ComaSynopsis: Ten cases. Now 12. Why are young, healthy patients admitted for minor surgery at Boston Memorial Hospital ending up on life support? Dr. Susan Wheeler wants to know. Somebody else wants her dead.

Long before he created ER, Michael Crichton (Jurassic Park, Twister) adapted and directed this medical chiller based on Robin Cook’s bestseller. Genevieve Bujold plays Wheeler, trailing clues, clambering along ductways, hiding among morgue cadavers, infiltrating the eerie Jefferson institute (an unforgettable marvel of spooky technology) and persuading her skeptical boyfriend and fellow doctor Mark (Michael Douglas) that her suspicions are not mere paranoia. For thriller fans, Coma is heartpoundingly good medicine.


Coma 8.0

eyelights: Genevieve Bujold. the Jefferson Institute.
eyesores: the simplistic ending.

“No decision is easy, Sue. It only looks that way when you’re young. When you’re older, everything is complicated. There is no black and white, only gray.”

‘Coma’ is a 1978 motion picture by Michael Crichton (yes, the one and the same), based on a novel by Robin Cook. It’s a thriller based in the medical world, which is hardly surprising given that both the author and the writer-director are doctors who have frequently turned to that setting throughout their highly-successful respective careers.

I had been aware of ‘Coma’ for many years. In the mid-’90s, I frequently borrowed laserdiscs from my local library (they had a vast collection, so I bought a second-hand player just to save myself money on rentals), and kept stumbling upon ‘Coma’ – it was a title that either they had too many of, or that didn’t move too much. The cover, which consisted of floating bodies, was eerie, unforgettable.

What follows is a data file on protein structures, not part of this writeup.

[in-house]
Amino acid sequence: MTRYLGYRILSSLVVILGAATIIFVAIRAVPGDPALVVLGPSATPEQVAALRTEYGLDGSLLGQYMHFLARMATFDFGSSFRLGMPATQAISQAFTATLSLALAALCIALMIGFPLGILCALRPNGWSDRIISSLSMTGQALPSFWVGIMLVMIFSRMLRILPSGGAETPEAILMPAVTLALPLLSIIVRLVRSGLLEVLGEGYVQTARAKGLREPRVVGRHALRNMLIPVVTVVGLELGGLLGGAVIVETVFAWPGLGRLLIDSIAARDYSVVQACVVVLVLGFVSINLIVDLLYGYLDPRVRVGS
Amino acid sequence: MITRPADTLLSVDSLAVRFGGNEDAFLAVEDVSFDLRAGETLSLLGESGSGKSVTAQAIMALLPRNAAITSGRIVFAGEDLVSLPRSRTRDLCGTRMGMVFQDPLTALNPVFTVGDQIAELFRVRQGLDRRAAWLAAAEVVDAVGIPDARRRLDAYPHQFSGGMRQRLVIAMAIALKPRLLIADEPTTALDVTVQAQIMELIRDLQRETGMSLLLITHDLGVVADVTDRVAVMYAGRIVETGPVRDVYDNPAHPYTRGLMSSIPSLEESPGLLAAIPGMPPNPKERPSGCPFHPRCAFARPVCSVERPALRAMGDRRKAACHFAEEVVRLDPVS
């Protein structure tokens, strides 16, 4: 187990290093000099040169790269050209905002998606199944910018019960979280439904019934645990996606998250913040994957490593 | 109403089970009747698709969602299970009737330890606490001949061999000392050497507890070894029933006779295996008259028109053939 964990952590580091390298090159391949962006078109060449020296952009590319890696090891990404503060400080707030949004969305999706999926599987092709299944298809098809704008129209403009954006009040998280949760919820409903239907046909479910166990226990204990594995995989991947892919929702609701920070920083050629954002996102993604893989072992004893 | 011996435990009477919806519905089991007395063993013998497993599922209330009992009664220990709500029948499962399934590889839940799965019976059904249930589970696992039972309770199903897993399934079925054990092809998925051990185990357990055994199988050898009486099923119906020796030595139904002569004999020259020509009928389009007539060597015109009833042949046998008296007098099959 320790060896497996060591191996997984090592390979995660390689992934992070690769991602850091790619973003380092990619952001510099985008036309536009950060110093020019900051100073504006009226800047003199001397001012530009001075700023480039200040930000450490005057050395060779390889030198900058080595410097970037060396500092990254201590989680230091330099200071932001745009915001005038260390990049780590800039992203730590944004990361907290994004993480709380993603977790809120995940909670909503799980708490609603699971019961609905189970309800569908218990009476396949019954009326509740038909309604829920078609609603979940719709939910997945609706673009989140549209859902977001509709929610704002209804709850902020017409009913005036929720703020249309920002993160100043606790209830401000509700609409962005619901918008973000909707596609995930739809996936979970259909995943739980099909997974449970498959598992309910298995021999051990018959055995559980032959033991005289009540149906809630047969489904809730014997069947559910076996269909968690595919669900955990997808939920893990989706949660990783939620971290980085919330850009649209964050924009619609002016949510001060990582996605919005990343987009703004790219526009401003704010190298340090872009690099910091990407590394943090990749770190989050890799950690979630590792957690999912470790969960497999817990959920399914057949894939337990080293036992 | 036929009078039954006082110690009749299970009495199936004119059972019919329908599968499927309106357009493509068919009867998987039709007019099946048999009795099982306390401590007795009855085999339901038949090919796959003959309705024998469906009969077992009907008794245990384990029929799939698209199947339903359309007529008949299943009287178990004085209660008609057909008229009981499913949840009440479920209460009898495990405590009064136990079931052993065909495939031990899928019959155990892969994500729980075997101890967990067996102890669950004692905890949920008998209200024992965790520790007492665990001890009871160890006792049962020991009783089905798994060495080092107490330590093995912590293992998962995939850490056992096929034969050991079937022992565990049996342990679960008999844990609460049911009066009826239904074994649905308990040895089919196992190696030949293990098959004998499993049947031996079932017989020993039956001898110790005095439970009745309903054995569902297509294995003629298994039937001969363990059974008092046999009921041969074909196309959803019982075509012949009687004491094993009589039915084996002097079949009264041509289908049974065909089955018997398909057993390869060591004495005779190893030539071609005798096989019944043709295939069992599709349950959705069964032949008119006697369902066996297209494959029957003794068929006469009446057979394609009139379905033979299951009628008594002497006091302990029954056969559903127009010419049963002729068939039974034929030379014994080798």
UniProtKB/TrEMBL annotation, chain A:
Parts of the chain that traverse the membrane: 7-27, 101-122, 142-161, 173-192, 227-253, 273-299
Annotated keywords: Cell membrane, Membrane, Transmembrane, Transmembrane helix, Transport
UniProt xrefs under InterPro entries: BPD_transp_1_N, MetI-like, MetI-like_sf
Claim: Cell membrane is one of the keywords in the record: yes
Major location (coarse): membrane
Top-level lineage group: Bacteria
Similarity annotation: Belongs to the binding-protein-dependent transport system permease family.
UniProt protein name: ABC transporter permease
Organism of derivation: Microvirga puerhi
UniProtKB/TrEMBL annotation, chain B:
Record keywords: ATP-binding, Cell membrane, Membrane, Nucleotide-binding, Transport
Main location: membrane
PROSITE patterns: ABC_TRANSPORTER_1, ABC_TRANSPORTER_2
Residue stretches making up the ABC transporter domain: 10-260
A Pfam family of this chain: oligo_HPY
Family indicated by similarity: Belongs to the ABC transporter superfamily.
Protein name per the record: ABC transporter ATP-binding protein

It wasn’t enough for me to pick it up, but it did plant a seed. And as I grew older, not wiser, it intrigued me slightly more.

Two years ago, when Blockbuster Canada shut its doors, I got the opportunity of picking up a 4-movie pack of Warner Brothers thrillers that included ‘Coma’ in it. It was brand new, dirt cheap and it came with a couple of werewolf movies. Since my gf has a thing for werewolves, I figured that this was a golden  opportunity I simply shouldn’t pass up on.

I would finally get to see ‘Coma’.

‘Coma’ begins by introducing us to our heroine, Susan Wheeler (played by the ever-captivating Geneviève Bujold), a surgical resident at the fictitious Boston Memorial Hospital (actually the Boston City Hospital). When her best friend, Nancy, ends up in a coma during an extremely minor procedure, a distraught Susan decides to investigate the incident to find out what happened.

In so doing she discovers that there have been a larger number of accidental comas at the hospital than one would normally expect for simple procedures (it happens, but it’s usually a rare instance). As she digs deeper, she begins to see unusual patterns in the events that led to these comas, and starts to believe that these exists a conspiracy of silence around these tragedies.

But can she convince anyone of this? And what is hiding behind all of these coma patients?

It may not seem like much, but ‘Coma’ was actually pretty riveting. It careens left and right: just when you’re sure you understand what’s going on and who’s involved, it suddenly throws you again. But what’s superb about it is in how subtly that Crichton shakes your confidence; you’ll likely guess what’s going on, but he finds ways to make you uncertain and to second-guess your conclusions.